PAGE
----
China’s aggressive surveillance attempts on the Japanese coast ended in embarrassment as a Chinese WL-10 drone crashed in the sea

This image released by Japan's Joint Staff Office shows a Chinese WL-10 attack and reconnaissance drone operating in the East China Sea on May 27.

The Chinese government reported the loss of a suspected military drone and an engineering vessel in its coastal seas this month, around the time its armed forces held “punishment” drills around neighbouring Taiwan.

The maritime safety authority of China’s southern Guangdong province said on May 22 that a 13-foot environmental research drone “crashed into the sea.” It provided no other details beyond the aircraft’s estimated crash site and its purpose: “ocean surveying and geomagnetic measurements.”

It was not immediately clear which government agency or company owned the unmanned aerial vehicle, but coordinates given to passing vessels indicated it went down in the South China Sea.

Newsweek’s map places the crash site in the center of the Bashi Channel, part of the strategic Luzon Strait, where Taiwan’s Defense Ministry said it had detected a Chinese military drone sortie on the same day the drone crashed.

There is a “very high probability” that the downed aircraft was a UAV in service with the Chinese People’s Liberation Army, said Su Tzu-yun, a senior analyst at the Institute for National Defense and Security Research, Taiwan’s top military think tank.

The Bashi Channel crash site, roughly 69 nautical miles from Taiwan, matched the sea area where Taipei said an unspecified Chinese military drone had flown from 7:27-10:29 a.m. local time on May 22.

The aircraft came within 45 nautical miles of the island’s southern tip, the ministry said, in a sortie that reached the Philippine Sea in the Western Pacific.

“It was very likely a military drone used to harass Taiwan’s air defense identification zone, but packaged as ocean research,” Su told Newsweek.

An ADIZ, or air defense zone, is declared in international airspace outside a nation’s territorial airspace and is used as a buffer zone to identify civilian and military aircraft.

China claims Taiwan as its own despite Taipei’s repeated rejections. The long-ruling Communist Party in Beijing has never governed the democratic island.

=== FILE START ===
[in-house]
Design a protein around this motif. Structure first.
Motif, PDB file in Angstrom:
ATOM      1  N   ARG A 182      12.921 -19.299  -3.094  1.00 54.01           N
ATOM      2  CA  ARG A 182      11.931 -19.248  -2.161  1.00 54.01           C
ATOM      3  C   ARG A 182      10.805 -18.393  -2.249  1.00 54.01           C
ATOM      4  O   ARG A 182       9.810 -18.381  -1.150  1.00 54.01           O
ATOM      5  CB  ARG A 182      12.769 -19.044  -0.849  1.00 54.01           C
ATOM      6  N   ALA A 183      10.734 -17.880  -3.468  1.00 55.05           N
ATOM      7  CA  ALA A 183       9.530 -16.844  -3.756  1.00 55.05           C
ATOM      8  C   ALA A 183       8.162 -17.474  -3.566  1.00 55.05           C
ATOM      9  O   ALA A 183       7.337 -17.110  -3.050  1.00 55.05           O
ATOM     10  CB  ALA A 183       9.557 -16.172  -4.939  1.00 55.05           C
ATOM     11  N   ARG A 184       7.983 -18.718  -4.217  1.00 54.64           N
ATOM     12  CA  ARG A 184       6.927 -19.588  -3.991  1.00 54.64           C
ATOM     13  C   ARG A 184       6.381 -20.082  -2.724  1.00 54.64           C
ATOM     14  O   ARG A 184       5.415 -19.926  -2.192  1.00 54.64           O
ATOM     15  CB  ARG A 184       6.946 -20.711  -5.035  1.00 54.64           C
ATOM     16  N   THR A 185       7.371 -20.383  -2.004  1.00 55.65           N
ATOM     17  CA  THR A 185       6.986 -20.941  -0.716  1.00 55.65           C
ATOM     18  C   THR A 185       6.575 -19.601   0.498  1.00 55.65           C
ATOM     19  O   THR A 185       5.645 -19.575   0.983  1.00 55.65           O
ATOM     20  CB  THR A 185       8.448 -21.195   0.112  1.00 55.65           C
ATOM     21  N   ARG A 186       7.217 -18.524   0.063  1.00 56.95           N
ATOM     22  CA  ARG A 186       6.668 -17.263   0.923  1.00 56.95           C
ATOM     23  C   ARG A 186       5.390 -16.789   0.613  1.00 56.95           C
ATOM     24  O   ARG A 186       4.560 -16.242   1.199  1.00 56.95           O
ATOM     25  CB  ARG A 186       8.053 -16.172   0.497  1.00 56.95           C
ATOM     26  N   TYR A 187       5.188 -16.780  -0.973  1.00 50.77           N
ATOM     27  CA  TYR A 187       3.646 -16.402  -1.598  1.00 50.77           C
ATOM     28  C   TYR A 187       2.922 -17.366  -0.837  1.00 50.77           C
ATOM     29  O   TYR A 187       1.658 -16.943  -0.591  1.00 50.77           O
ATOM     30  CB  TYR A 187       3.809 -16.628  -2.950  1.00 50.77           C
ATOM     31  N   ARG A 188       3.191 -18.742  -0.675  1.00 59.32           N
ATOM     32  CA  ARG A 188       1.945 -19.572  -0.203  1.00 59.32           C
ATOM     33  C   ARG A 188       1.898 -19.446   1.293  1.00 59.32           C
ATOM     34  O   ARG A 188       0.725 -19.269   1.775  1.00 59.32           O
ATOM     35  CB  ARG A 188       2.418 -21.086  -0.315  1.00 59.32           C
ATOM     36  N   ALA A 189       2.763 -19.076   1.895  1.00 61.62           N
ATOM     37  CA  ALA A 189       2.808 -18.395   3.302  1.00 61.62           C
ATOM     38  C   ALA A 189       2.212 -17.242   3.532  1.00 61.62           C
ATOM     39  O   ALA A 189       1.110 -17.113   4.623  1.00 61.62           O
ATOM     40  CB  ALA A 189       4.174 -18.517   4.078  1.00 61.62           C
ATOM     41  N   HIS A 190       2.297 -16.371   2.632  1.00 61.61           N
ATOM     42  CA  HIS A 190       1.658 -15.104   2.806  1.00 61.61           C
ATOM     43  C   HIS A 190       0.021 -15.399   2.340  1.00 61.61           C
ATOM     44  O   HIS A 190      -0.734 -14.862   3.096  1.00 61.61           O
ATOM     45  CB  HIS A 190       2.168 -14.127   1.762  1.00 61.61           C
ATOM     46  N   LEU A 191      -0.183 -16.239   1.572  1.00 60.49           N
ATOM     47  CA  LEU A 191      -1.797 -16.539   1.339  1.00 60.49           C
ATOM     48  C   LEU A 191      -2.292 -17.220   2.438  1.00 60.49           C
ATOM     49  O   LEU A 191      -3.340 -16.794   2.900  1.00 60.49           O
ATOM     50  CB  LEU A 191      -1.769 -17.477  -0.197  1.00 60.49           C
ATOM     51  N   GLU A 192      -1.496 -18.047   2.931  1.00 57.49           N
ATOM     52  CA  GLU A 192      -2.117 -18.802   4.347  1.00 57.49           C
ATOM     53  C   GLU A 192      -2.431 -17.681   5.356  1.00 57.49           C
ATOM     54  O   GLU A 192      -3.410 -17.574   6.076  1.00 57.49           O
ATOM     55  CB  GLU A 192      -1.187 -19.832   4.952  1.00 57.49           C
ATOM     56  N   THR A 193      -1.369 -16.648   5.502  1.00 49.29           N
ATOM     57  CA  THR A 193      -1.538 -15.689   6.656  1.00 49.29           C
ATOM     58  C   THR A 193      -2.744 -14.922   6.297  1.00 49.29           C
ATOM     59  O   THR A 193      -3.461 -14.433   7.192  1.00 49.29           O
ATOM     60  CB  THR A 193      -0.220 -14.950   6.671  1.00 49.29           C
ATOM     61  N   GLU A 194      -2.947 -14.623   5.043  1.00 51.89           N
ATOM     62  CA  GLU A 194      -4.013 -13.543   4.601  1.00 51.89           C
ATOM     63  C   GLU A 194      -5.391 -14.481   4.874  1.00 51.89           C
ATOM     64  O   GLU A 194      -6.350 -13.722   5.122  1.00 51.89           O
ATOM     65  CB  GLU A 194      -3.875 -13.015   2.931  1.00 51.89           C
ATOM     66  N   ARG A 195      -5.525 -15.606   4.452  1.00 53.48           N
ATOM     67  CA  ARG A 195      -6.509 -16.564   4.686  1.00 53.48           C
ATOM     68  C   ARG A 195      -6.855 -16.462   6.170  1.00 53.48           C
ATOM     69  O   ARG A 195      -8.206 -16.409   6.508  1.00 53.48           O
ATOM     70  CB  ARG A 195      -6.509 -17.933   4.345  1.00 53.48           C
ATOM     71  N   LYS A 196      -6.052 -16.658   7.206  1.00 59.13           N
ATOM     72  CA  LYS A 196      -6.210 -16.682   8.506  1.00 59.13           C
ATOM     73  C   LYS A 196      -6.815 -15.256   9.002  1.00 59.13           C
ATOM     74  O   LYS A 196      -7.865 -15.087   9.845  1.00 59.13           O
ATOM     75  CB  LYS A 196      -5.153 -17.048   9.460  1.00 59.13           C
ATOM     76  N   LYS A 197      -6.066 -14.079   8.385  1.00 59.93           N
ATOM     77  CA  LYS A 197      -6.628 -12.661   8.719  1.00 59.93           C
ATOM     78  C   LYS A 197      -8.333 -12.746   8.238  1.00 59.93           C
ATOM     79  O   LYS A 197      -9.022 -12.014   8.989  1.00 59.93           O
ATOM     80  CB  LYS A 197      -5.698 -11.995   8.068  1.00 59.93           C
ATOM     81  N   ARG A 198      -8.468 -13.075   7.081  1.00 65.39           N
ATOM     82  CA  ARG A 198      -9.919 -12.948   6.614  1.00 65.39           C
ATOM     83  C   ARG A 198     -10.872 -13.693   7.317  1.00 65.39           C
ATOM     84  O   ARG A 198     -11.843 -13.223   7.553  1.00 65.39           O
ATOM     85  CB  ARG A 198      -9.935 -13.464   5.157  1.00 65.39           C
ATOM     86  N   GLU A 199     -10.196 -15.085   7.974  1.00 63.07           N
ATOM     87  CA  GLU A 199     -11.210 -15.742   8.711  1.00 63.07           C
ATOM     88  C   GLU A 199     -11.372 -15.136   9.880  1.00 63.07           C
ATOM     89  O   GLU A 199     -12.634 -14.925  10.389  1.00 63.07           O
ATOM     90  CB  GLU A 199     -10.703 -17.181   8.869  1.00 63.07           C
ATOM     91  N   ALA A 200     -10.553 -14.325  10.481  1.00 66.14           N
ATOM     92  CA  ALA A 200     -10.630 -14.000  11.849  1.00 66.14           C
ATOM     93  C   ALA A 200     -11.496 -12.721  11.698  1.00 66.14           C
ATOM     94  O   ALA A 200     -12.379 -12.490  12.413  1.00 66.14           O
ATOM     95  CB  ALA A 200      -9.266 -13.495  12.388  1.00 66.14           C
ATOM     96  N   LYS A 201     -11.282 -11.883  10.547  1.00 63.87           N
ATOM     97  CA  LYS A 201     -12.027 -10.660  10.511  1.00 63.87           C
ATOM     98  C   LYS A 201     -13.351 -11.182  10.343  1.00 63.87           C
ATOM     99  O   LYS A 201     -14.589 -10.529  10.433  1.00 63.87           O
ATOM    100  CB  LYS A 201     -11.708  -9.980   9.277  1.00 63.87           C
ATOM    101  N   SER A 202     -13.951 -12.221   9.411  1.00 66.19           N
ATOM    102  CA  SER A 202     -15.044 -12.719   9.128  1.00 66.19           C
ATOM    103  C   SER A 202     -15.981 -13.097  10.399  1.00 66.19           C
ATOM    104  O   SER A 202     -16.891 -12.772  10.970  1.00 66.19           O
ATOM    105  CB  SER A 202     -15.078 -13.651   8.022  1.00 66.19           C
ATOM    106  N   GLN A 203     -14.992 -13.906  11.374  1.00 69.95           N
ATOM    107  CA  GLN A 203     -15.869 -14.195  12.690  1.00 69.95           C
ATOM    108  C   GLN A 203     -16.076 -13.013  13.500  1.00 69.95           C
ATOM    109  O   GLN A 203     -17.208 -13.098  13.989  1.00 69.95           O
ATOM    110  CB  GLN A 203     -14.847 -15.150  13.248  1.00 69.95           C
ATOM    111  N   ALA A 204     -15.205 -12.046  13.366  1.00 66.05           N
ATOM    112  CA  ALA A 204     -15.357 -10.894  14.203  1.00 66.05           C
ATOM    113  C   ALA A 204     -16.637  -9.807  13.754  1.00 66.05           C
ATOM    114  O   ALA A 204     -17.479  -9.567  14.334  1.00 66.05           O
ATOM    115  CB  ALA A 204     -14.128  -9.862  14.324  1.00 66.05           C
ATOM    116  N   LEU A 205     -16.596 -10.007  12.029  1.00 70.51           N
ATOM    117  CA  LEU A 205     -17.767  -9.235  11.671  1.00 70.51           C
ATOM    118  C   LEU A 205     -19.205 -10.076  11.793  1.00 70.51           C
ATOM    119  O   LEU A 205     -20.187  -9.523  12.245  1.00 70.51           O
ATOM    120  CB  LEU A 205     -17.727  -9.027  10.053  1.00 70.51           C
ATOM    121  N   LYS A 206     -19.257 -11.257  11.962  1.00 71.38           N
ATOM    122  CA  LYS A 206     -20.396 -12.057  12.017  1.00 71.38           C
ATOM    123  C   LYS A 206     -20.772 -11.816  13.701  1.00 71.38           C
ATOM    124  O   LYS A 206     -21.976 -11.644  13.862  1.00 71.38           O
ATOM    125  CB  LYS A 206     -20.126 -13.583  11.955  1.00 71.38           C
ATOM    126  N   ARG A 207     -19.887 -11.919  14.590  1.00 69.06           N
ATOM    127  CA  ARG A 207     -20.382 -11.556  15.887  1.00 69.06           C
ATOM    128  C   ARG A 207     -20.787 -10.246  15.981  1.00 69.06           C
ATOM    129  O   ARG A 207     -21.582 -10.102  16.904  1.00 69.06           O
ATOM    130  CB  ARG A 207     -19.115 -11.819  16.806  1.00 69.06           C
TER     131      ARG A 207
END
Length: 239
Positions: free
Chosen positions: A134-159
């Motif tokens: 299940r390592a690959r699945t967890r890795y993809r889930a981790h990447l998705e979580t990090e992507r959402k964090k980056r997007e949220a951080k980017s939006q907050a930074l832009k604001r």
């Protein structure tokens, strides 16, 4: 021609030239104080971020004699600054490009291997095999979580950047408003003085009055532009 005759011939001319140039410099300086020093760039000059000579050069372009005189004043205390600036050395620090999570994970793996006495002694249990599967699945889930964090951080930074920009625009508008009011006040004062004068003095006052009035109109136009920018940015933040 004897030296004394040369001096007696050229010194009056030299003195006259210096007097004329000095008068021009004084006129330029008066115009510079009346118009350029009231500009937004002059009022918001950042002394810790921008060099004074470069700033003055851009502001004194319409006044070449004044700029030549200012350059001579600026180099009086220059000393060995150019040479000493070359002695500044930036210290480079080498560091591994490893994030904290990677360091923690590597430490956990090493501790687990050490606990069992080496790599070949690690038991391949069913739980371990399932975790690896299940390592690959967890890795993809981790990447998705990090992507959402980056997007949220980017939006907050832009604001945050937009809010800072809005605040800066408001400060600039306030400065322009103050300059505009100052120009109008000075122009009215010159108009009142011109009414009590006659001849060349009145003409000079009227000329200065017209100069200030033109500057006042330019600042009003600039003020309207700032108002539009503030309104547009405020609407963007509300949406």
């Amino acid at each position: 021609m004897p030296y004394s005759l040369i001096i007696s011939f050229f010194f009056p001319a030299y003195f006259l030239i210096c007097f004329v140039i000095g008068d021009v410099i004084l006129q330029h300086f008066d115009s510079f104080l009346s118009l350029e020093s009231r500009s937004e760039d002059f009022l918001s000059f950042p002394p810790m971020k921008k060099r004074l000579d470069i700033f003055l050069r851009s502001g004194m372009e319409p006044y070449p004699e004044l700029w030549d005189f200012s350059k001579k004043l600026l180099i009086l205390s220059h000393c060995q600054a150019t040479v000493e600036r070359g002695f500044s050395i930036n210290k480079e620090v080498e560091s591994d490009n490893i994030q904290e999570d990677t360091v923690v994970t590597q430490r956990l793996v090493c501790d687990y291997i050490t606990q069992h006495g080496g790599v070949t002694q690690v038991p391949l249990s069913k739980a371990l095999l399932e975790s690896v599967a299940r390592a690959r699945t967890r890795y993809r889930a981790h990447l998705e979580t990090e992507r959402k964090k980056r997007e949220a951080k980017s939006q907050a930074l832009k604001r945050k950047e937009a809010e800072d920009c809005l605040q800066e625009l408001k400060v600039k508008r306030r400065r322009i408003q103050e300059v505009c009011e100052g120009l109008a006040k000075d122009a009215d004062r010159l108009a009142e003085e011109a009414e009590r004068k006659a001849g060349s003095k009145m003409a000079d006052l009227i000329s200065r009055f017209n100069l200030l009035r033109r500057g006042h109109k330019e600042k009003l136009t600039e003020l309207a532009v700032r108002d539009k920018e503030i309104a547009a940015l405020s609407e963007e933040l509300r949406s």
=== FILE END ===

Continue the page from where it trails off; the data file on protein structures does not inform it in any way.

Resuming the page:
According to the PLATracker website, which hosts a detailed database of Chinese pressure tactics against Taipei, it has flown nearly 5,500 sorties into Taiwan’s ADIZ since the fall of 2020.

Beijing sent 82 military aircraft into Taiwan’s air defense zone during pointed war games from May 23-24, meant as a warning to Taiwan’s President Lai Ching-te, an outspoken China skeptic who wants to manage relations across the Taiwan Strait on Taipei’s terms.

This image released by Japan’s Joint Staff Office shows a Chinese WL-10 attack and reconnaissance drone operating in the East China Sea on May 27. Japan Joint Staff

China’s military has used the Bashi Channel for simulated strikes on U.S. Navy warships in the past. In wartime, the waterway would serve as a crucial outlet through the so-called first island chain.

Reached by Newsweek, a Taiwanese Defense Ministry spokesperson did not comment on the Chinese drone crash, saying only that the ministry was aware of all sea and air activity in Taiwan’s air defense zone.

China’s Defense Ministry, which typically declines to confirm or deny military accidents, did not respond to multiple requests seeking comment.

Also, last week, the Zhejiang Maritime Safety Agency in eastern China announced the sinking of the Lianhe Qirui off the Chinese coast. The 4,400-ton ship was used to supply offshore oil and gas platforms, and for salvage operations.

Built in 2002 and owned by Fujian United Marine Engineering, the wreck of the Lianhe Qirui has been pinging at the same location off the Chinese port city of Zhoushou since May 24, according to GPS data on ship-tracking service MarineTraffic.

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